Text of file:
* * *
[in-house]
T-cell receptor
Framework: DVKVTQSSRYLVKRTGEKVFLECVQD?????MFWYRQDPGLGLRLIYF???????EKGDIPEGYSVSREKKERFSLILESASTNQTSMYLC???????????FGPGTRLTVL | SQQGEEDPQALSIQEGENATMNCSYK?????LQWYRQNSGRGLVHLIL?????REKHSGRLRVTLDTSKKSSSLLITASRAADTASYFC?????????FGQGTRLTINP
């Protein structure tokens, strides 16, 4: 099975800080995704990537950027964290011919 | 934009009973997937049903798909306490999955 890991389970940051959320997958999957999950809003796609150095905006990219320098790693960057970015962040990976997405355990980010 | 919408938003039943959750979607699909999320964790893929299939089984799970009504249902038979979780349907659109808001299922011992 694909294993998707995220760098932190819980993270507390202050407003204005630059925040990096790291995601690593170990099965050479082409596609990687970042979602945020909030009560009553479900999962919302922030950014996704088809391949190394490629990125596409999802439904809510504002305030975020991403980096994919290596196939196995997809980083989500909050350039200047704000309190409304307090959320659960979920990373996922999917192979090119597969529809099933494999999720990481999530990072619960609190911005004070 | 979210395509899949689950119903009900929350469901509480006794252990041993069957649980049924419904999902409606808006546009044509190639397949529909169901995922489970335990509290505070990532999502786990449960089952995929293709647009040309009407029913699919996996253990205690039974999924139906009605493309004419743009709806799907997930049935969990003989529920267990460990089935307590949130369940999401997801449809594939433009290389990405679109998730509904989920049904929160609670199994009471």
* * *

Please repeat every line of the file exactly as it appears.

[in-house]
T-cell receptor
Framework: DVKVTQSSRYLVKRTGEKVFLECVQD?????MFWYRQDPGLGLRLIYF???????EKGDIPEGYSVSREKKERFSLILESASTNQTSMYLC???????????FGPGTRLTVL | SQQGEEDPQALSIQEGENATMNCSYK?????LQWYRQNSGRGLVHLIL?????REKHSGRLRVTLDTSKKSSSLLITASRAADTASYFC?????????FGQGTRLTINP
């Protein structure tokens, strides 16, 4: 099975800080995704990537950027964290011919 | 934009009973997937049903798909306490999955 890991389970940051959320997958999957999950809003796609150095905006990219320098790693960057970015962040990976997405355990980010 | 919408938003039943959750979607699909999320964790893929299939089984799970009504249902038979979780349907659109808001299922011992 694909294993998707995220760098932190819980993270507390202050407003204005630059925040990096790291995601690593170990099965050479082409596609990687970042979602945020909030009560009553479900999962919302922030950014996704088809391949190394490629990125596409999802439904809510504002305030975020991403980096994919290596196939196995997809980083989500909050350039200047704000309190409304307090959320659960979920990373996922999917192979090119597969529809099933494999999720990481999530990072619960609190911005004070 | 979210395509899949689950119903009900929350469901509480006794252990041993069957649980049924419904999902409606808006546009044509190639397949529909169901995922489970335990509290505070990532999502786990449960089952995929293709647009040309009407029913699919996996253990205690039974999924139906009605493309004419743009709806799907997930049935969990003989529920267990460990089935307590949130369940999401997801449809594939433009290389990405679109998730509904989920049904929160609670199994009471």